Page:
Developing Emotional Intelligence /

Why Postgraduates Need Emotional Intelligence

A postgraduate degree is a great accomplishment that some of us might have experienced or will want to, one day, experience. But is it enough in this day and age to land that dream job?

A study conducted by Cardiff Business School found that students perceived their academic qualifications as having a declining role in shaping their employment outcomes, because of the current congested and competitive market.

In the past, meeting someone with a postgraduate degree was a rare occurrence, however this now happens much more commonly than before. Data from the Higher Education Statistic Agency found that the number of postgraduate enrolments grew by 35 percent between 2000 and 2018 in the UK. But does the increase in postgraduates supply meet the demand for it?

The exponent of the credentials model argues that the rising credentials in no way reflect the demand for more qualified labour. So, although the work force has become more qualified over the years it does not necessarily mean that there has been a greater amount of jobs available for these qualified professionals.

However, emotional intelligence is a powerful set of skills that will enable job applicants to stand out to employers. Emotional capital in the form of emotional intelligence competencies is a valuable asset in every business.

Thus, it is important to prove to your potential employer that you are more than just a piece of paper. You need to demonstrate your abilities as an emotional capitalist which goes beyond the technical skills you’ve gained at university. Rather, it reflects your ability to be intelligent about your emotions and develop the skills to manage your emotions to leverage your personal strengths. In a survey done with more than 2600 hiring managers seventy one percent said that they placed more weight on emotional intelligence than IQ.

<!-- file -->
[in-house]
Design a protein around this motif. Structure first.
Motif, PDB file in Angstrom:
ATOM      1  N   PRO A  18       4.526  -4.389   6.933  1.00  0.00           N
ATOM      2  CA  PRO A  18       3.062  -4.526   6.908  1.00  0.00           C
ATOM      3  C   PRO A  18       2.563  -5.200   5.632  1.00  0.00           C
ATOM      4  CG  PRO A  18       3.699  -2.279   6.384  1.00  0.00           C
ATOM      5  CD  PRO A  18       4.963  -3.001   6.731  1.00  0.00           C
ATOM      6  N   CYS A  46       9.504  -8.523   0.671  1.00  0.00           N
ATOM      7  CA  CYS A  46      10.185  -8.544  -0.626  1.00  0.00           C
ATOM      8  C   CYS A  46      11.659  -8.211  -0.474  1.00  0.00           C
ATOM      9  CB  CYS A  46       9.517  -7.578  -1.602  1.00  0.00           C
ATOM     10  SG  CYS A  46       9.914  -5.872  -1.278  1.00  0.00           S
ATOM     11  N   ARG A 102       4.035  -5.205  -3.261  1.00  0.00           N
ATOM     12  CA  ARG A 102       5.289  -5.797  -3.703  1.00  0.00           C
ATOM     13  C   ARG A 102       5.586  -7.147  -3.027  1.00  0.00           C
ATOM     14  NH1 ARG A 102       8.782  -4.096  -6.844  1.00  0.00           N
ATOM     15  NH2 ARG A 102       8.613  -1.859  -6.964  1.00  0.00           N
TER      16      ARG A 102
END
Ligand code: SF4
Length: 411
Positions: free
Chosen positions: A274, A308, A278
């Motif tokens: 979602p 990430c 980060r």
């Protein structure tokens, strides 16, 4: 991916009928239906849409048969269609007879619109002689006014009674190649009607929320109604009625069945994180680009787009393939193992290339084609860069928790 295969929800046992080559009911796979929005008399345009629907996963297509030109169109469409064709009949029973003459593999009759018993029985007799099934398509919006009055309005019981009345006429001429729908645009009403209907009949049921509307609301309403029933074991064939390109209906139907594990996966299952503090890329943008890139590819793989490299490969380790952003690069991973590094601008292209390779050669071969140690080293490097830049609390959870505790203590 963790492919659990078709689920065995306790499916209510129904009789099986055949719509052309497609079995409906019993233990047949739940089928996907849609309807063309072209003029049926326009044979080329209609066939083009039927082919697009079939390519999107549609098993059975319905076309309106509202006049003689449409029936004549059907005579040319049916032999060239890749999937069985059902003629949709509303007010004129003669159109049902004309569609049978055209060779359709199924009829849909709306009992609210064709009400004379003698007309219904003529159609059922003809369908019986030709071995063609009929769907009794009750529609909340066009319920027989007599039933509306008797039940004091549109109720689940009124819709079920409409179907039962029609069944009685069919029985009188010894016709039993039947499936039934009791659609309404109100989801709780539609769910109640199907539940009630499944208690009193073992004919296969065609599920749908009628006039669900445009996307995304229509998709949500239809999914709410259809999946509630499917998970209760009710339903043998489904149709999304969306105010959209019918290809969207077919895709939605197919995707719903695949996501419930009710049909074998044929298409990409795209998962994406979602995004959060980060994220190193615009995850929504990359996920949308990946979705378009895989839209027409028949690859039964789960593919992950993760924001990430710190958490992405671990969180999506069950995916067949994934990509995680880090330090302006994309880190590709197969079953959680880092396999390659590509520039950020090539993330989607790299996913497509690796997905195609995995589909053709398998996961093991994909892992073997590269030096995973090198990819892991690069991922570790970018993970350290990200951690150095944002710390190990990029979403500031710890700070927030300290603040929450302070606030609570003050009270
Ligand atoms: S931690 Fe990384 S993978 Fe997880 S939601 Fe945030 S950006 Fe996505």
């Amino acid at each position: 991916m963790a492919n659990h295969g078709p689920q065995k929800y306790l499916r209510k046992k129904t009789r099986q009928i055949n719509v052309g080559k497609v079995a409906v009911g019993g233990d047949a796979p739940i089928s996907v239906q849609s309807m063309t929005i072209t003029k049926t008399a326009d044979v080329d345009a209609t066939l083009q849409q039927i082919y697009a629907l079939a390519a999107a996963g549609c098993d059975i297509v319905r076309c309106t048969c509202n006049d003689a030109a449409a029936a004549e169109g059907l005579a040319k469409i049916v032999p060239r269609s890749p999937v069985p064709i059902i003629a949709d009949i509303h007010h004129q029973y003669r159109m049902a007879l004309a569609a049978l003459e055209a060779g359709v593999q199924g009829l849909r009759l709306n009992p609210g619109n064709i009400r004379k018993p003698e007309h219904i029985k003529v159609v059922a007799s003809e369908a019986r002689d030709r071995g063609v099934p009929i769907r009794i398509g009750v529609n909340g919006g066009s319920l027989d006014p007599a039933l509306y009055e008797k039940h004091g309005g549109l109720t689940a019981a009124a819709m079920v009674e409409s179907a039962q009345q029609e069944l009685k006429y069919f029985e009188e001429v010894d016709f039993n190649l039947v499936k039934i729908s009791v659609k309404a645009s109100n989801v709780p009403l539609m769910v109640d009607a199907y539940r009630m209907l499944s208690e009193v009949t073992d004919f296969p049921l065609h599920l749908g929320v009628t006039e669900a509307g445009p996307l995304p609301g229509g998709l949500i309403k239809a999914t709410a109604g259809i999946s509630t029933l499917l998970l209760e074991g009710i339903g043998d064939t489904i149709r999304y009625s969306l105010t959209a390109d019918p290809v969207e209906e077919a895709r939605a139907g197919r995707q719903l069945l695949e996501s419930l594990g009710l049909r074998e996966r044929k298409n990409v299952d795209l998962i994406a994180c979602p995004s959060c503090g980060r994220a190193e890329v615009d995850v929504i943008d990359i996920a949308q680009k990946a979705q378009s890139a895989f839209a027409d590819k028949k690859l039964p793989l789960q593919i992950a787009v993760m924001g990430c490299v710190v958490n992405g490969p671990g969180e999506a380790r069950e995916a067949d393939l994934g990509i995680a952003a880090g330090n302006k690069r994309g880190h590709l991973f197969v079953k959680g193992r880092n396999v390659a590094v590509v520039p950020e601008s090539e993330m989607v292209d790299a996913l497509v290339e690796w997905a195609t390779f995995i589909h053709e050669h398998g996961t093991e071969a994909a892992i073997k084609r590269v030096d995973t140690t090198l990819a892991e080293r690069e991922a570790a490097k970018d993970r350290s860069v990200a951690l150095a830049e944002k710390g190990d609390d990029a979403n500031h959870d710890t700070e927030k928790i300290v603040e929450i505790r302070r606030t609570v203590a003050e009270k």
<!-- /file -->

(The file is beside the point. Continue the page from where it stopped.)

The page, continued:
Furthermore, it’s likely your emotional intelligence will determine if you will eventually become a leader in your field. Stephen Covey a world renowned author and businessman, said that “Research shows convincingly that EQ is more important than IQ in almost every role and many times more important in leadership roles.”

The Emotional Capital model that we have developed, over 15 years of research, will help not only with your career development  but more so with your leadership performance. It consists of 5 broad components.

 

  1. Self-Awareness: Your capacity to understand your own emotions and be conscious of what you are feeling.
  2. Self-Management: Your ability to manage your own emotions and to have confidence in your personal performance.
  3. Social Awareness: Your aptitude for understanding the experience of others.
  4. Social Skills: This defines your interactions and your knack to get along with others.
  5. Adaptability: Your ability to respond to challenges and adapt to foreign and challenging situations.

 

The bad news is that the equilibrium of supply and demand is completely skewed with the amount of post graduates in the market. But fortunately, it is still possible to change this by increasing your emotional intelligence, which will make you an asset for any company to have.

 

References

Tomlinson, M. (2008). ‘The degree is not enough’: students’ perceptions of the role of higher education credentials for graduate work and employability. British journal of sociology of education29(1), 49-61.

https://www.hesa.ac.uk

https://www.careerbuilder.ca/share/aboutus/pressreleasesdetail.aspx?id=pr652&sd=8%2f18%2f2011&ed=8%2f18%2f2099

Author

Zelda Luitingh

Intern

 

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